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We will be the biggest driver of growth in the future

Ruben Vardanyan Troika Dialog Manager

Date: 26 January 2009

Source: CNN

What are you looking for from Mr. Putin later?

I think it’s great that he is here. I think everybody is concerned not only with Russia, but the worldwide crisis and about how the different countries that are playing an important role can influence decisions which will help us solve these problems quicker. I hope that Prime Minister Putin will address the main issues not about Russia but about the global picture and about how Russia in this global picture can play an important role.

Russia has in a sense some very serious problems of its own. It’s very much a commodities economy in terms of energy and oil and gas and the bottom is dropping out in pricing there. These are very much difficult times for an economy which became used to commodities driven growth.

I will disagree with you because these last seven years we have a bigger internal market, demand, and more and more consumers who want to buy more commodities and more different services and a better life. More and more technology is being developed. Of course, it continues to be influenced by oil, but the last seven years have brought us in the right direction. And also I would say Russia has better reserves, is in a better position than ten years ago, with better macroeconomic stability. Yes, we have some specific problems, but we didn’t have big leverage like in the U.S. and in Europe.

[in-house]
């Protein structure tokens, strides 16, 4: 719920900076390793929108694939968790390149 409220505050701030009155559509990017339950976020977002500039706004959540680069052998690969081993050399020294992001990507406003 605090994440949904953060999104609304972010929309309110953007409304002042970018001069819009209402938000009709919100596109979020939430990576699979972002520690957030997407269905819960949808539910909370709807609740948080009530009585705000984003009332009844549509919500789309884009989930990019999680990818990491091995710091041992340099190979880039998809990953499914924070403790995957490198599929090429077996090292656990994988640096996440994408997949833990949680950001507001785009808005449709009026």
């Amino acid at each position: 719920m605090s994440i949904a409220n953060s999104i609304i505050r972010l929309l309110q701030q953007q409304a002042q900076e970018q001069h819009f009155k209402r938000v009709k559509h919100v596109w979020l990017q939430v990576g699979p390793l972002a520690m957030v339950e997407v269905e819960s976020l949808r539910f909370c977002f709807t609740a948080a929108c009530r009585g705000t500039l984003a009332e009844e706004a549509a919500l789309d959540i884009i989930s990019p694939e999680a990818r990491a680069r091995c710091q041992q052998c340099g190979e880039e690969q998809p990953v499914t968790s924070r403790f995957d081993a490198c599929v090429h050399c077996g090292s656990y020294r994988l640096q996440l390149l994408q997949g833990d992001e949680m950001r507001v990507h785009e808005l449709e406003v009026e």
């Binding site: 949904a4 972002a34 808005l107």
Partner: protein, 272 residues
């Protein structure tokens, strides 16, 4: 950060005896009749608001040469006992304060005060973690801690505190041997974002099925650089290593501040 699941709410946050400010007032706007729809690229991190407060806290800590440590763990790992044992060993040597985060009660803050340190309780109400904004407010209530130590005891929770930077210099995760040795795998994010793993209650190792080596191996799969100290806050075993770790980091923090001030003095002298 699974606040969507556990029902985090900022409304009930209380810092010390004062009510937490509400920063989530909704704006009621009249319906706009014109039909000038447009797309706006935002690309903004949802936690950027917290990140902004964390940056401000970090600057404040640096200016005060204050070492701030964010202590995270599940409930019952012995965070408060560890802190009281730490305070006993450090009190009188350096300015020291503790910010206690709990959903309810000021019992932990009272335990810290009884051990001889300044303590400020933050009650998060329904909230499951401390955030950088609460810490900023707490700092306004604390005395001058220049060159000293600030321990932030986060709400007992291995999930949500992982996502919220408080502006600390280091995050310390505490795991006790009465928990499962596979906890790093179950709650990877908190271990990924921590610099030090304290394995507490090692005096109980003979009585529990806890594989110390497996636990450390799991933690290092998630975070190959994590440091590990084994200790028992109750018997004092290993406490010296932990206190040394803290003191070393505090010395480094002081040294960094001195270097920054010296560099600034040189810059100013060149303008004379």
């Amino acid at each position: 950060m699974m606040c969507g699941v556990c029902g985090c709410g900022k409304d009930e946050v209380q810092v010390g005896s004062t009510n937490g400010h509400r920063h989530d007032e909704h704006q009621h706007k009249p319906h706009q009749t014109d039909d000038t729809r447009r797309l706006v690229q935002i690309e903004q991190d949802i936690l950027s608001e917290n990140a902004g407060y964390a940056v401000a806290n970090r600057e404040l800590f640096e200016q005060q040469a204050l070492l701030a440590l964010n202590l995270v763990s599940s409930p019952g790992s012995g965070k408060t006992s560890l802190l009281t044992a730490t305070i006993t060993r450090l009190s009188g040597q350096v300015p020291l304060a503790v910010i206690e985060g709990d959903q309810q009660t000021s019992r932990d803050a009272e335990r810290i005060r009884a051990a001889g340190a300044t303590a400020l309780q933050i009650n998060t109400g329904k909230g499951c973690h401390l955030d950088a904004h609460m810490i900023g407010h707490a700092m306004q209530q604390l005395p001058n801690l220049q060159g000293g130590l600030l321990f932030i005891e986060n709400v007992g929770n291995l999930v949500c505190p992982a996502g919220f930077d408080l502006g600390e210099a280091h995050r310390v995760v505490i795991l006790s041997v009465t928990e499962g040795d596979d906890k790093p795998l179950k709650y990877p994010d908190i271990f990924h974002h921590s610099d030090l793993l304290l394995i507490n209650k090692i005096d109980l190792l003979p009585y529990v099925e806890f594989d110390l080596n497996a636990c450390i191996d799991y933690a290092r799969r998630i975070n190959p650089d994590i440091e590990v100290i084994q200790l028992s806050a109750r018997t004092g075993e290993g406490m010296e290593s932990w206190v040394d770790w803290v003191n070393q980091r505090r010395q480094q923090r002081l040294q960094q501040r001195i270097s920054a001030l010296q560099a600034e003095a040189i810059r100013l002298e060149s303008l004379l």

All the same, there has been a lot of hard work there by the Russian Central Bank pumping out liquidity through the major banks, VTB for example. How successful do you think the Russian Central Bank and policymakers have been in combating the credit crunch?

It was a shock for everybody worldwide. We already saw that it was not an easy task for any central bank. Our central bank handled it quite well despite all the criticism coming from different sides. For example, we were saying that devaluation needed to be quicker and more dramatic immediately following the crisis. They did it a little bit slower, but they did it finally. They kept the banking system under control and alive. This was very important in the crisis time. They put more money into the system.

So you’re relatively optimistic about Russian growth?

Yes, I believe we have some advantages that not a lot of other countries have. We have money, reserves, internal demand. We have a basic product demand. People don’t want to have a very complex derivatives market. They want to get mortgages for buying their own flats, not for their second or third house. They want to have their own cars. And this is why we have a basic product demand and will be the biggest driver of growth in the future.

Let’s stay on the subject of growth for a minute. Turn and look at the board. We’re asking people when growth will return. How long will this thing last? Some people are saying this year. Some people are saying 2010, and some are saying 2011 or later. What’s your guess?

We’re speaking about worldwide, or the U.S?

Why don’t you tell us in terms of Russia?

I will say that I believe the U.S. will start recovery, if nothing happens force-majeure, like Madoff 2, at the end of 2009-start of 2010. Some emerging markets will go in 2010. The other part of developed countries will go in 2011.

You’ve got one mark. (Laughs)

Russia will go in 2010, I will say.

That was Ruben Vardanyan, CEO of Troika Dialog.